Imagine being such a dedicated racist that you end up spending nearly a decade in prison because you just couldn’t stand to keep your hateful bigotry in the confines of your heart and away from Black people and people of color no matter how many times you were warned to by courts of law.
Such is the case for 54-year-old Suzanne Craft of Louisville, Kentucky. According to WHAS 11, Craft was sentenced to nine years behind bars followed by three years of supervised release for sending threatening letters to neighbors in Lake Forest of eastern Jefferson County for no discernable reason besides those neighbors failing to be born Caucasian.
In 2020, Craft mailed numerous threats of violence and racial slurs to an interracial couple and their children who lived in the same neighborhood. She was convicted of five counts of mailing threatening communications, and this was after she had been caught vandalizing at least two homes with swastikas and the N-word, for which she was reportedly sentenced to seven days of home incarceration. (Craft is her name, and arts and KKKrafts are, apparently, her game.)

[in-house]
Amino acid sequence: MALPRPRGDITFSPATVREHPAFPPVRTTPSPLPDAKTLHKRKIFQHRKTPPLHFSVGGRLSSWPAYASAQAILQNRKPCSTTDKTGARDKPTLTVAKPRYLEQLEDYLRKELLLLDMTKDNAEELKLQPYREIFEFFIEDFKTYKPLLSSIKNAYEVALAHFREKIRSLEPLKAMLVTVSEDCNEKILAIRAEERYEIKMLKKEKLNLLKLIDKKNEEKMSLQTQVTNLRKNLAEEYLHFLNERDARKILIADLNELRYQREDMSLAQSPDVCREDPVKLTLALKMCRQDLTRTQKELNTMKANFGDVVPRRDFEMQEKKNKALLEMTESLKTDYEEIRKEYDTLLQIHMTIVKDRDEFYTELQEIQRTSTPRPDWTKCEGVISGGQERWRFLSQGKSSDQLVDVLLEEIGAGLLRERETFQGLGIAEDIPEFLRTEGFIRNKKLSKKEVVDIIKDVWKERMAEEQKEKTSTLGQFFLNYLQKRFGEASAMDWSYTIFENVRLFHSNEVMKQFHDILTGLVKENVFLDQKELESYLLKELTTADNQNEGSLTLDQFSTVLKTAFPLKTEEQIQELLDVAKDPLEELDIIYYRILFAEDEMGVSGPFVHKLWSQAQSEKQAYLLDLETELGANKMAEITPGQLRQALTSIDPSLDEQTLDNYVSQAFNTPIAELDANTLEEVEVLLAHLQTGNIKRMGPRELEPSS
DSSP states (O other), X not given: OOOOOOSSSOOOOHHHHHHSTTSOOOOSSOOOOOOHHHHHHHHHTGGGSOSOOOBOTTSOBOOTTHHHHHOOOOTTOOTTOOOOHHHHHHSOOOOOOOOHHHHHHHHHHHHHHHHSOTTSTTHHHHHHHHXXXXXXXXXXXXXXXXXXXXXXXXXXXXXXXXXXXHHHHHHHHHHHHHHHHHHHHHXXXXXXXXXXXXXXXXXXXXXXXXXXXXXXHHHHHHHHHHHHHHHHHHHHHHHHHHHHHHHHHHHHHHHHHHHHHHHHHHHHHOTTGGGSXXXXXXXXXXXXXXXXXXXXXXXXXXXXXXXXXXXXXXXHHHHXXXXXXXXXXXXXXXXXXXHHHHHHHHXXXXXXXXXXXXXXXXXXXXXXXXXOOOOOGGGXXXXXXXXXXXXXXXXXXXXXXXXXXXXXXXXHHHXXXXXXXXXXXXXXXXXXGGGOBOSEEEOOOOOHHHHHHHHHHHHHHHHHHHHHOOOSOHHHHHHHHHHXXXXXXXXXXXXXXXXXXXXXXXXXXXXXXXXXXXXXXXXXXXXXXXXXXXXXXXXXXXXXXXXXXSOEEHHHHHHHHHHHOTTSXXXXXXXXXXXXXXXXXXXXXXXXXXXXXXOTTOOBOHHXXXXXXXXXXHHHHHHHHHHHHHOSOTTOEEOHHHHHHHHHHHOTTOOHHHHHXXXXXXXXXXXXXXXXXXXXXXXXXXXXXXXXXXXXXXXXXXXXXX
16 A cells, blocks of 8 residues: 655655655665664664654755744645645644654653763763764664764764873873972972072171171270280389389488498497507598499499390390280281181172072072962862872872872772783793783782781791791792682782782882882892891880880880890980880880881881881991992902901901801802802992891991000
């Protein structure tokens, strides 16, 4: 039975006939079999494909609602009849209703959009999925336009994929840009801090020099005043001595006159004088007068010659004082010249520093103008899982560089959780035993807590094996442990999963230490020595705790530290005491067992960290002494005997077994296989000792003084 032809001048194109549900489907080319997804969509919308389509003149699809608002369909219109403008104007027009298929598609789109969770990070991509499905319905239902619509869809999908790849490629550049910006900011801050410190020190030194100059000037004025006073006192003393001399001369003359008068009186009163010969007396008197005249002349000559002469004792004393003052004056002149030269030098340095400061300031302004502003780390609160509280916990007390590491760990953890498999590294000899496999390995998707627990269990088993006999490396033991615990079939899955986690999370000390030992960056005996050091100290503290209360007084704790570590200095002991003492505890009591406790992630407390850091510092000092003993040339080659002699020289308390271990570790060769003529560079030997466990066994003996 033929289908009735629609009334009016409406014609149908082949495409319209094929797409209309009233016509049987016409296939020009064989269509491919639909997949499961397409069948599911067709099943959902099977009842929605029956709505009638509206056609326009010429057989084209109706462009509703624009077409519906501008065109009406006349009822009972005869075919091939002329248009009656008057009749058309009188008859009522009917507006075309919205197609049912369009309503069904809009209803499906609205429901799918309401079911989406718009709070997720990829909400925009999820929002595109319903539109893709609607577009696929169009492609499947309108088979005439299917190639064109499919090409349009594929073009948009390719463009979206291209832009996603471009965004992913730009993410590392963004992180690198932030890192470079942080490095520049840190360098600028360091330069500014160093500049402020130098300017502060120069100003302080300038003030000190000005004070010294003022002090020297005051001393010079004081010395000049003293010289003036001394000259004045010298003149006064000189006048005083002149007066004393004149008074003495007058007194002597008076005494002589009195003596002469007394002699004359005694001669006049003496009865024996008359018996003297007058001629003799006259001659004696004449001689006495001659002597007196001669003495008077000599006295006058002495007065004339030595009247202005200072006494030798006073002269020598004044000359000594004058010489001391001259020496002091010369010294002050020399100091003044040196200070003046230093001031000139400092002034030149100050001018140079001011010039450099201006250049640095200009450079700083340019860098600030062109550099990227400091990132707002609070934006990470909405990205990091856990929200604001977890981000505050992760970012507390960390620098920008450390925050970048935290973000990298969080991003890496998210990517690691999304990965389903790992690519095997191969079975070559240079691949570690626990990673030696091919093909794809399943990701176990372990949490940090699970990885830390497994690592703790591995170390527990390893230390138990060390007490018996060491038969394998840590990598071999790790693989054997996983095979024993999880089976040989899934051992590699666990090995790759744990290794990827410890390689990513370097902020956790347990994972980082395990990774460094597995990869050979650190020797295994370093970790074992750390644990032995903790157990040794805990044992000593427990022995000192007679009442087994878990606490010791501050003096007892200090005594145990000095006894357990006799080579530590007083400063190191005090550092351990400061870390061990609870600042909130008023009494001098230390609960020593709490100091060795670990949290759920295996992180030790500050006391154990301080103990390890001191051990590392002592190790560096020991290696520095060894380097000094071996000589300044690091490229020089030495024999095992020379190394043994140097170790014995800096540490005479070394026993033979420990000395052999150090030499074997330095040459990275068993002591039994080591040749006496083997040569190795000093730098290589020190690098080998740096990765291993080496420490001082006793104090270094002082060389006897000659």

In 2020, Louisville Metro Police served Craft a criminal summons after two homes in the Lake Forest neighborhood were vandalized.
She then appeared in court in August later that year for violating a no-contact order from a different incident in June.
Michela Pineda testified Craft was caught on camera using chemicals and bleach to burn a swastika into the Pineda family’s lawn, weeks after the no-contact order was issued.
The Pineda family also say Craft was the person who spray-painted racial slurs on their driveway in June 2020.
It’s unclear if the threatening letters the FBI says Craft sent in 2020 were to the Pineda’s or a different family.
Vanessa Cantley, the attorney for Michaela and Connie Pineda, told the Courier-Journal that the letters, not only contained racial slurs, but the envelopes also contained bullets. Those letters, again, came after the alleged vandalism, which came after the no-contact order was issued, and she had been found guilty of contempt of court twice for violating that order. Again, this woman was simply bound and determined to be a bigot.
“This sentence sends a clear message regarding our commitment to ending hate-motivated violence and threats of violence,” Assistant Attorney General Kristen Clarke of the Justice Department’s Civil Rights Division. “There is no room in civilized society for violent threats based on race.”
And if Craft hasn’t gotten that message by now—and it’s entirely possible that she still hasn’t considering her track record—at least she’ll be learning it behind bars.
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